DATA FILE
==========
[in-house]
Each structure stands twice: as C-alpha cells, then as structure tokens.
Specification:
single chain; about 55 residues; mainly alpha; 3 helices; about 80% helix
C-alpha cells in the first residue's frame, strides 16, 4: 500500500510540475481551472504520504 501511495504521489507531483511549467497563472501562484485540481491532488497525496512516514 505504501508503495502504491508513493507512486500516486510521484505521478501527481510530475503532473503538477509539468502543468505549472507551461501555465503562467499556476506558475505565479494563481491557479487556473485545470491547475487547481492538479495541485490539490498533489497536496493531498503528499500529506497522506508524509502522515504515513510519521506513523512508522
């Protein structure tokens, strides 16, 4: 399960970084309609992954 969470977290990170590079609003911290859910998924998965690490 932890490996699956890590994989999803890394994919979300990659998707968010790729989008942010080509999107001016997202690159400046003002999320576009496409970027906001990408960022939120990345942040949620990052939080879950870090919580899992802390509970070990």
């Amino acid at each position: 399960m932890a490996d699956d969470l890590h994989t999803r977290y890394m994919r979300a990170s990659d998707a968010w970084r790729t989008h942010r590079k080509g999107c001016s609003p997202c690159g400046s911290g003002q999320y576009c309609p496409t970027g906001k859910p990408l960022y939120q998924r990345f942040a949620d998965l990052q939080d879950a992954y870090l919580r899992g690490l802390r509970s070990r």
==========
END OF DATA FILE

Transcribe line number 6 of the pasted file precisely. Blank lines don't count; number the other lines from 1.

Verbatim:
């Protein structure tokens, strides 16, 4: 399960970084309609992954 969470977290990170590079609003911290859910998924998965690490 932890490996699956890590994989999803890394994919979300990659998707968010790729989008942010080509999107001016997202690159400046003002999320576009496409970027906001990408960022939120990345942040949620990052939080879950870090919580899992802390509970070990």